Russia is spending $30 billion a year on defense and wondering if it is getting its money’s worth. A recent readiness inspection found serious problems. Headquarters personnel and troops were not ready for emergencies. Training and maintenance had not been done. All this is nothing new for the Russian army, which has always been beset by leadership and corruption problems. The government has been trying to shake up the military leadership for over a decade now, but in the last two decades of the Cold War (1947-91) the Russian military became very corrupt and inefficient. Turning that around has proved very difficult. Such a situation is not unique, in fact it is quite normal.
The government continues its campaign against political opponents, by using house arrest (which includes no Internet or mail) for leaders of the many illegal demonstrations. The government rarely allows legal protests.
The anti-corruption campaign is faltering. With so many government officials and businessmen involved in corruption, pushback was expected. In 2010 there were 10,000 convictions for corruption. That fell to 7,600 in 2011 and 5,500 last year.
Moreover, the government has been putting far fewer people in jail and instead allowing them to just pay a fine. Last year only 250 people were charged with taking more than $330 in a corruption scheme. The biggest cases, where millions of dollars goes missing, are rarely investigated, much less leading to conviction and imprisonment.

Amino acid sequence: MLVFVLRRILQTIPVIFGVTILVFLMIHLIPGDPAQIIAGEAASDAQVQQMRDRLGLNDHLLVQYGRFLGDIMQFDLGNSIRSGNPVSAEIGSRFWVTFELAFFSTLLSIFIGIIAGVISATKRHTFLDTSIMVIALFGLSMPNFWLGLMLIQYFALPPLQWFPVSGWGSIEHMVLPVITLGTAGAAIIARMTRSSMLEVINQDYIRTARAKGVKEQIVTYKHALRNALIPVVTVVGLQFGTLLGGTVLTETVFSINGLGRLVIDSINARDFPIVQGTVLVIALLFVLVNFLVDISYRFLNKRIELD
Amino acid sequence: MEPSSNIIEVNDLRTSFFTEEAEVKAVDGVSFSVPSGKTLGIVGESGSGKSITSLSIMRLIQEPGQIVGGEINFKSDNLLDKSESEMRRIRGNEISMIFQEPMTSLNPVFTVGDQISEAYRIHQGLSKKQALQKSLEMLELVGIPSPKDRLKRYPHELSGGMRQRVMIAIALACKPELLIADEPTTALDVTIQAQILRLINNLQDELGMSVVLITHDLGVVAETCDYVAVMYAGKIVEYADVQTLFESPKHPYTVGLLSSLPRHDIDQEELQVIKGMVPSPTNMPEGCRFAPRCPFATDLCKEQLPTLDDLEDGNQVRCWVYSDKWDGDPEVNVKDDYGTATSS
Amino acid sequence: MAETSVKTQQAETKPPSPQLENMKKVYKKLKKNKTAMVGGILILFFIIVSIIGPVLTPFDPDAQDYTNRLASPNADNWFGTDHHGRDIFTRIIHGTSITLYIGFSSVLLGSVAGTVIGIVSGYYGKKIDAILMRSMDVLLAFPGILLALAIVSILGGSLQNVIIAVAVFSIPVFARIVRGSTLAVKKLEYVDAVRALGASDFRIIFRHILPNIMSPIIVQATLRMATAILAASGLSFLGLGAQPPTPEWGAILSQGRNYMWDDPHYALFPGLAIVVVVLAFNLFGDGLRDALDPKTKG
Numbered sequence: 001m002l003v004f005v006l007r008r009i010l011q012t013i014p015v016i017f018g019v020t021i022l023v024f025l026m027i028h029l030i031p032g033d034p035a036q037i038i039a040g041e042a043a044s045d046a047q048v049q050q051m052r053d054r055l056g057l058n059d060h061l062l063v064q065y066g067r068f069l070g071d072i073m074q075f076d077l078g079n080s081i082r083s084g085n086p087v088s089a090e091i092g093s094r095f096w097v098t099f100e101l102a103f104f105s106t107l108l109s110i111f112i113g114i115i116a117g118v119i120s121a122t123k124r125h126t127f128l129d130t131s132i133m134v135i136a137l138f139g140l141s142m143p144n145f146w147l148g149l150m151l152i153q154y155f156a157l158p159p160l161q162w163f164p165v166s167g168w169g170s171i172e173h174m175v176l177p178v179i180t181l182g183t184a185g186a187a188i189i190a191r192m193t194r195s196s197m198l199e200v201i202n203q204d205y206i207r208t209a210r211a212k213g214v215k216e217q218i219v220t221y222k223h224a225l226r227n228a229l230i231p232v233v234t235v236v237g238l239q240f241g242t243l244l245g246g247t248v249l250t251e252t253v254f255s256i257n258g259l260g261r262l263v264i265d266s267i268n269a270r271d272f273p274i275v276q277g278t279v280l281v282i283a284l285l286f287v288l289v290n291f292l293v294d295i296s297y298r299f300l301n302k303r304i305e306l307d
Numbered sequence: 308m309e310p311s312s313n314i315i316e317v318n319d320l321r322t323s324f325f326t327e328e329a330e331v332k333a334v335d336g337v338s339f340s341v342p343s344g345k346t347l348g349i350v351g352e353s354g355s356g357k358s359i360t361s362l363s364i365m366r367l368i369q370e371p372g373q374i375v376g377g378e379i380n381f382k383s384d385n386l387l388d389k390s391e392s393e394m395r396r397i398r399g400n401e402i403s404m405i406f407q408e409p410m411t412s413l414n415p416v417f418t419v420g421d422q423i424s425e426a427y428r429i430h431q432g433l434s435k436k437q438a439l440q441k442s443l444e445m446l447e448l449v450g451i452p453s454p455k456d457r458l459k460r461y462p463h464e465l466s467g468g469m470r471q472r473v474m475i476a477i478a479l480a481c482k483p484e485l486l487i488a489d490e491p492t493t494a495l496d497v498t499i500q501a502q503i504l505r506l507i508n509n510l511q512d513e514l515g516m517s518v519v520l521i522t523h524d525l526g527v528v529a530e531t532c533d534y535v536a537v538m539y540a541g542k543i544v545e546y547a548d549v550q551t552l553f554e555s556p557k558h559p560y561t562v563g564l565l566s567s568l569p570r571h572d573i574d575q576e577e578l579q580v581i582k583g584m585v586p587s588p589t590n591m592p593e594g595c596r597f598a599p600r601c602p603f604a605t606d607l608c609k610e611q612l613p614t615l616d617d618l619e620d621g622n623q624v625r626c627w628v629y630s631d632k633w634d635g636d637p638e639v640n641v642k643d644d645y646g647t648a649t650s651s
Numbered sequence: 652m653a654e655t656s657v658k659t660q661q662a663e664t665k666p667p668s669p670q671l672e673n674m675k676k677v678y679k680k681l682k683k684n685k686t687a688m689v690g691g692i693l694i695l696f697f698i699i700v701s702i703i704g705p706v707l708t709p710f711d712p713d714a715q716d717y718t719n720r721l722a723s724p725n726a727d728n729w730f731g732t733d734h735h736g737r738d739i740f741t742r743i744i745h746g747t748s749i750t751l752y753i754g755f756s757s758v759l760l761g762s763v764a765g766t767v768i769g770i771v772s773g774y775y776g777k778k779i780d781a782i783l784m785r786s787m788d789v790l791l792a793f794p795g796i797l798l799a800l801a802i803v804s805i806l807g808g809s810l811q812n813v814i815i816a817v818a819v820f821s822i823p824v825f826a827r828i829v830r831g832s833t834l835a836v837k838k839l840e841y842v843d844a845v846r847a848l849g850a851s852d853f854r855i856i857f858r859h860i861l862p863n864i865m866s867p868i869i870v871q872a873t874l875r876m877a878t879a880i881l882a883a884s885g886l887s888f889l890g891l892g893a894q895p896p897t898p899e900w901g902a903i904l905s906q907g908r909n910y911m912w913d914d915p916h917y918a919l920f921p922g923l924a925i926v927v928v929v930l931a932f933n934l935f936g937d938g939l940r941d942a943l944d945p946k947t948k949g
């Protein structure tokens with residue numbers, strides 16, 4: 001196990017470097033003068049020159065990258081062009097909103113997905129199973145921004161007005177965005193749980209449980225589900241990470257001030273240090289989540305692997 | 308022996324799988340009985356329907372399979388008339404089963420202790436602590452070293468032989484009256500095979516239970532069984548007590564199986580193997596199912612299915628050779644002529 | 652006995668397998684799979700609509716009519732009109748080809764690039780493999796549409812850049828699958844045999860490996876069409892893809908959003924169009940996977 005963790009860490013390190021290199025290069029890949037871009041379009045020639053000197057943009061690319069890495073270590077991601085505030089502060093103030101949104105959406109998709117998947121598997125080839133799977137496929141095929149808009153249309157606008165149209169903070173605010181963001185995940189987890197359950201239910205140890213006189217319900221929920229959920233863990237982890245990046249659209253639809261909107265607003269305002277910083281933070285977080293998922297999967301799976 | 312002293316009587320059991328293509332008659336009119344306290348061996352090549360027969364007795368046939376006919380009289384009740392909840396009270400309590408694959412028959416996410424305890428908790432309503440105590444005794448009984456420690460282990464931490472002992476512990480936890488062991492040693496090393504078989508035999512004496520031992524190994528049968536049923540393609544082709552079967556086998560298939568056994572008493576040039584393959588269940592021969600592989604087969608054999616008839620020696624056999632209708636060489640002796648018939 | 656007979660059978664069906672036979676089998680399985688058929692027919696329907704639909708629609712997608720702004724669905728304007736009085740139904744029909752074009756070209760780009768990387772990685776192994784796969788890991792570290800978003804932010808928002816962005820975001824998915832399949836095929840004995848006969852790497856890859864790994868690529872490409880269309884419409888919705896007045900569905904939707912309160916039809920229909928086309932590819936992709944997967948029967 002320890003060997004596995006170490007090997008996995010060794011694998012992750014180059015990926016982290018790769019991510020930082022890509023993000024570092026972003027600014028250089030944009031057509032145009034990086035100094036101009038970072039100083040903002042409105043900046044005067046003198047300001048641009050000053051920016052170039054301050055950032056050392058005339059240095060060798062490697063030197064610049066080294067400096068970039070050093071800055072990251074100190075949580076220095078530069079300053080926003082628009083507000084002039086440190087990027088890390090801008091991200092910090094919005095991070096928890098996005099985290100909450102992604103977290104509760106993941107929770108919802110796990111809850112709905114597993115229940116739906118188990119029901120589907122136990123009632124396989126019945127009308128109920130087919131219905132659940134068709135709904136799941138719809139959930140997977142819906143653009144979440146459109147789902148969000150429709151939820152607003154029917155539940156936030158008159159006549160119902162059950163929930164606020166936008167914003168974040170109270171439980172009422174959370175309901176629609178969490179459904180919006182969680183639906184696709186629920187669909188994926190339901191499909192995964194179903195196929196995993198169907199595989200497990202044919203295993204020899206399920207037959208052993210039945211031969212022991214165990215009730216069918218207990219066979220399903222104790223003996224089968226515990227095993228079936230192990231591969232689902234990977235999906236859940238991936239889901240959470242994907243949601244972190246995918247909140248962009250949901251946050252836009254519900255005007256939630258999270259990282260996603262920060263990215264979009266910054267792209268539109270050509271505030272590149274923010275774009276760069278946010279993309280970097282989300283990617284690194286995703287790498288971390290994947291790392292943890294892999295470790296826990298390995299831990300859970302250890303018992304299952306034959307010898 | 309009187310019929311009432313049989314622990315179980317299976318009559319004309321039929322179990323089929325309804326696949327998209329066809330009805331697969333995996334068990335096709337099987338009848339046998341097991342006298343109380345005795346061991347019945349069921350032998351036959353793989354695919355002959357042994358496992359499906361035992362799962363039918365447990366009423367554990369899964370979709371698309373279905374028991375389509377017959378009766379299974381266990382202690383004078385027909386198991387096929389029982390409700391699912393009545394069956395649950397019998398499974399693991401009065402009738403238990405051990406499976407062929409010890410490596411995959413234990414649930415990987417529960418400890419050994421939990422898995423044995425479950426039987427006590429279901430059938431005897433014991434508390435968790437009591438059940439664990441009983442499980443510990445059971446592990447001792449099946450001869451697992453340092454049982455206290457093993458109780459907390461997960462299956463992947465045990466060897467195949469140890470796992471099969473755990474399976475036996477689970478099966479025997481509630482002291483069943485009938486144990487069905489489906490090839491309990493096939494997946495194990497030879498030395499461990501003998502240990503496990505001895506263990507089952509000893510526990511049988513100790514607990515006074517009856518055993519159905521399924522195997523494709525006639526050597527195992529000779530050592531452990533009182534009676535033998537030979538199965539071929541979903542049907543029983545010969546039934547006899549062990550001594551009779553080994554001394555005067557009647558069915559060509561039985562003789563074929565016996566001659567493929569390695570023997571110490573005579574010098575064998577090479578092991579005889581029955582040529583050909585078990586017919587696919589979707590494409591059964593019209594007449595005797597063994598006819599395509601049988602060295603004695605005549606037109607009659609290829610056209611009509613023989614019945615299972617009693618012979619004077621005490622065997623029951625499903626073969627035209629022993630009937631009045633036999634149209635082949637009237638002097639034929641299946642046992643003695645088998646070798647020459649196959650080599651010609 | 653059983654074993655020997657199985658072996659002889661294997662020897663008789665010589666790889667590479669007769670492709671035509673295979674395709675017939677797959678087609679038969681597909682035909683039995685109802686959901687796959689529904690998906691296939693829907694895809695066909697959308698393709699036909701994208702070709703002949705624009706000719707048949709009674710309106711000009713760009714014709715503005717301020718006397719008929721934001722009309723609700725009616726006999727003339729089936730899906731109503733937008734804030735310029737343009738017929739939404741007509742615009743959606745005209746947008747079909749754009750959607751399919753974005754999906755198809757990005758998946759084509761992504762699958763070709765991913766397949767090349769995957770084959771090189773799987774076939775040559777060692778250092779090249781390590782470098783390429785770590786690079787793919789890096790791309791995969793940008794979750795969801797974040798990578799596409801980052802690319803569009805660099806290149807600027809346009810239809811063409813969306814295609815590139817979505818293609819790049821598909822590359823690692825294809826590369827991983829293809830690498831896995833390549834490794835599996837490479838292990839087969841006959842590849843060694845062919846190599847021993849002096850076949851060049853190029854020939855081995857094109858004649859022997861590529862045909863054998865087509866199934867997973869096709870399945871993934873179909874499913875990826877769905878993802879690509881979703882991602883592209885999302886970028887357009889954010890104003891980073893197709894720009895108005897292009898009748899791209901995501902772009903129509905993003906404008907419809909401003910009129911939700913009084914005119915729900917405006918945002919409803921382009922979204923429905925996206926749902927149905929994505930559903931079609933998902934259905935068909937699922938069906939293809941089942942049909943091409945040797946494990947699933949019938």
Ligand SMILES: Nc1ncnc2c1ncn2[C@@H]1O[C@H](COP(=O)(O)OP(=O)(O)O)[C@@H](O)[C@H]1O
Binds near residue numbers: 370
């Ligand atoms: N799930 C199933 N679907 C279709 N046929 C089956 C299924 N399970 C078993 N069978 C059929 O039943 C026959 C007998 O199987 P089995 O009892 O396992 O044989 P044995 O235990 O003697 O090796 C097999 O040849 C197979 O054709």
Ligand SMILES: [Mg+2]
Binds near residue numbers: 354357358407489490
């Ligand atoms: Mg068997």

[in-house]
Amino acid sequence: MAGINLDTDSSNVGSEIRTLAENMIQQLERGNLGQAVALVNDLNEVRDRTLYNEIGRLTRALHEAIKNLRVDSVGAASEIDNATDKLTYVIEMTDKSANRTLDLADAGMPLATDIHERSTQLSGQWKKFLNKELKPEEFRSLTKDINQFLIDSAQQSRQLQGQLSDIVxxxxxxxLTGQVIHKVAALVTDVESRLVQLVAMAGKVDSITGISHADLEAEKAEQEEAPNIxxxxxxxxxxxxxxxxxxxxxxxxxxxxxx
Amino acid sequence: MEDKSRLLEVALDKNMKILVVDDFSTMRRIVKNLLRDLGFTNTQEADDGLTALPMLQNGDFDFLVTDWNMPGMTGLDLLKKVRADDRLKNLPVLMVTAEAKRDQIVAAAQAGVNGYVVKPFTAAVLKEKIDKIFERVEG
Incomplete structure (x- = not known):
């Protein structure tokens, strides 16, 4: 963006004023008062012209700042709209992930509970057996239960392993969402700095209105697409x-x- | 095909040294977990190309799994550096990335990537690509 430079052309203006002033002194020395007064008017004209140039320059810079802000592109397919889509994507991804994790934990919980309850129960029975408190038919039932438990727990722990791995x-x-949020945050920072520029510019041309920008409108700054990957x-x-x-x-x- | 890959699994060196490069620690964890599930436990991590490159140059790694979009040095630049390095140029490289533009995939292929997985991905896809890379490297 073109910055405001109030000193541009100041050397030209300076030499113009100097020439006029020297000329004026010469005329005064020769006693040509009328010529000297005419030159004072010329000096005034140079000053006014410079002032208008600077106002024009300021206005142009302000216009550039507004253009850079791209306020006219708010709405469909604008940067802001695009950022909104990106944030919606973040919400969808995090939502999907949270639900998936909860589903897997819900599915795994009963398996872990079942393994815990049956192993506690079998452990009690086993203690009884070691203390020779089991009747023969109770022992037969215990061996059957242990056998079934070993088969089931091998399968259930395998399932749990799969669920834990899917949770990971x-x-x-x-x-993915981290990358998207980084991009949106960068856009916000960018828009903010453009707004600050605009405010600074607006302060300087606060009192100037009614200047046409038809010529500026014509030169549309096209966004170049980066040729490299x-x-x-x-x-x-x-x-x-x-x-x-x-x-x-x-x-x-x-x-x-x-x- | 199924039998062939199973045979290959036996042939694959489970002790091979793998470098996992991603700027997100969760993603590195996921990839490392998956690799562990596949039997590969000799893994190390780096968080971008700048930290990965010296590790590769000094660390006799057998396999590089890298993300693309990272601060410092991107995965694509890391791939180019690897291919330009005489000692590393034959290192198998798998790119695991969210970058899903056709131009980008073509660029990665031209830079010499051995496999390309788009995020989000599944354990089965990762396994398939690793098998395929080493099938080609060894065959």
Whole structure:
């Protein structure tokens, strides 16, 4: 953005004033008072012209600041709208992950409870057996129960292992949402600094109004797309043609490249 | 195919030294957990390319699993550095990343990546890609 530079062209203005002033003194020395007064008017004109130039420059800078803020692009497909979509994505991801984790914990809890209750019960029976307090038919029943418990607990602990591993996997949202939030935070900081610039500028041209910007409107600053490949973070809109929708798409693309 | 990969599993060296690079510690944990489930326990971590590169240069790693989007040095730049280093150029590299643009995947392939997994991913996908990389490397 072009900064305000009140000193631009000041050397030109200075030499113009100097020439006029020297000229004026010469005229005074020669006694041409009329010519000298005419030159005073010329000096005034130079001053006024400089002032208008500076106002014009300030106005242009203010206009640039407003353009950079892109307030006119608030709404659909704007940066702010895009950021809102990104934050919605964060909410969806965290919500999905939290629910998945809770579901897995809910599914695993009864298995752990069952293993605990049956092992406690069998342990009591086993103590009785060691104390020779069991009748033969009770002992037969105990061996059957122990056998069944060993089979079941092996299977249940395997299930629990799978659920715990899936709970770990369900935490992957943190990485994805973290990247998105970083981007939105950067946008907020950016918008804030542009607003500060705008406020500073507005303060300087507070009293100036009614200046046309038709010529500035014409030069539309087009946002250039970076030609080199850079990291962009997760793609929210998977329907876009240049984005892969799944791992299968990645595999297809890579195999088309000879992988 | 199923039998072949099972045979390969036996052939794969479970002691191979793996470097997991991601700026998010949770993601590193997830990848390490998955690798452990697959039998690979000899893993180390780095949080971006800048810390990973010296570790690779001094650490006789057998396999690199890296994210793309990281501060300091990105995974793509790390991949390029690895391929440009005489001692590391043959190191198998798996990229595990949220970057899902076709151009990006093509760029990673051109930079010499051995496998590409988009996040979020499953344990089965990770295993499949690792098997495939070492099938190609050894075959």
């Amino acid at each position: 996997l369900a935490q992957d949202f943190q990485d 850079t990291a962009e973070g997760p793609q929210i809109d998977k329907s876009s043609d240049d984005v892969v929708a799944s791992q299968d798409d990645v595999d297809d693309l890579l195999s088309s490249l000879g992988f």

Russia is sending humanitarian aid to Mali, and working with Western intelligence and counter-terrorism efforts in Africa. Russia is concerned about that huge pot of money (from ransoms and drug smuggling) that the African Islamic radicals have being used to do some damage inside Russia. At the same time Russia is being accused of a double-standard in Syria, where the beleaguered Assad government (which Russia has long backed) has always supported terrorists. Russia insists that the rebels would be more pro-terrorist than the Assads.
February 23, 2013: Russians are being told by government officials that nearly a trillion dollars being spent on rebuilding the military over the next decade will enable Russia to create world class tech industries. Massive purchases by the Russian armed forces will (it is hoped) enable Russian firms to develop new defense technology inside Russia and create more export demand as well. Russia has already absorbed (mostly legally) a lot of Western tech since the Soviet Union dissolved in 1991. Russia is exporting over $10 billion worth of military equipment a year.
Russia needs a new source of exports because oil and gas are running out. The national budget is $400 billion a year for a GDP of $2,000 billion. A quarter of that is raw materials exports, some 80 percent of it oil and gas. This accounts for a quarter of the national government’s income. Oil and gas income are slowly shrinking and this predicted tech industry boom is to take up the slack. Russia has been trying to do this with defense exports for over a decade and is still stuck in its Cold War position as the cheap, but second best alternative to Western weapons and equipment. But there is a big market for second best from countries that are mainly concerned with using troops to keep their own population under control. Russia, unlike most Western defense suppliers, has no problem with paying bribes and offers cheap loans for buyers.